How much do you know about flour?

Even if you are not an avid baker, you probably have a bag of flour in your cupboard. Until the pandemic turned us all into sourdough fanatics and supermarket shelves were swept bare, few people gave a second thought to this ubiquitous pantry staple. While we understand that flour is the product of milling wheat, how much do we really know about where it originates or how it is processed? When you read Dayna Evans’ deep dive into the subject, you will realize how little most consumers know about flour, one of the most common ingredients we use day to day.

Evans takes us on a journey that spans continents in her quest to better understand the milling process and notes how the growing ‘buy local’ effort has mostly bypassed flour. She touches on the (relatively brief) history of commercial flour milling, which wrenched the product away from small, locally-owned processors that mainly used the ancient stone grinding technique and into large conglomerates that utilize steel roller mills. Not only does this represent a shift to a different technology, it has huge impacts on how flour is presented to consumers.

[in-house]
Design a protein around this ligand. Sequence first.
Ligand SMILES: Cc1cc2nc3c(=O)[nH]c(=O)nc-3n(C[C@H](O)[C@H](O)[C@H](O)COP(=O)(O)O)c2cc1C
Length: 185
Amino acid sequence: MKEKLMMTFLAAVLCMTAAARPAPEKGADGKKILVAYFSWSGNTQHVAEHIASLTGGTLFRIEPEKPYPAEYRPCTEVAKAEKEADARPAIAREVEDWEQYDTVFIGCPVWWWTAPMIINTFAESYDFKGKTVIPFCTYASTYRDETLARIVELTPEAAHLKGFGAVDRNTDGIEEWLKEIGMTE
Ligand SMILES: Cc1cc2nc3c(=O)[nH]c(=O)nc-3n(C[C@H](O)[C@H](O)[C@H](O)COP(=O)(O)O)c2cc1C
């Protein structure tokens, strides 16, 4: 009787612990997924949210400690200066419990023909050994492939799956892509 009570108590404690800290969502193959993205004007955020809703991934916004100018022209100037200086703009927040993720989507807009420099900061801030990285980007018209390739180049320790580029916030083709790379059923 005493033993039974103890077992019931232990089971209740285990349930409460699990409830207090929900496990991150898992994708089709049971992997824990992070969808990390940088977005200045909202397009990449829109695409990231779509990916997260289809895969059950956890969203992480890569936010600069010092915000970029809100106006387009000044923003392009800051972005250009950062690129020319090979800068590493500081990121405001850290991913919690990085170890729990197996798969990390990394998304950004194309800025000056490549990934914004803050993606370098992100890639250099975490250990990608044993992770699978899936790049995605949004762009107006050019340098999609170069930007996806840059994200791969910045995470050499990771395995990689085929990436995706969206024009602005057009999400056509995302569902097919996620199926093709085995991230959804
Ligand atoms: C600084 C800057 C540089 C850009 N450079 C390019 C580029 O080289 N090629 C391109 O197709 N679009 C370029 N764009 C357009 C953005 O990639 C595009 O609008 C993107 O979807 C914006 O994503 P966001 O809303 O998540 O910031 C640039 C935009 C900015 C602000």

Evans also explores how local boutique grain mills have gained renewed attention and how the cost of flour from these small scale operations can be an impediment to people who might want to incorporate more whole grain products into their baking. As someone who grew up walking through wheat fields and riding in a dusty combine as the grain was harvested, I highly recommend this article, which is not only informative but also a great read.

Post a comment

Seen anything interesting? Let us know & we'll share it!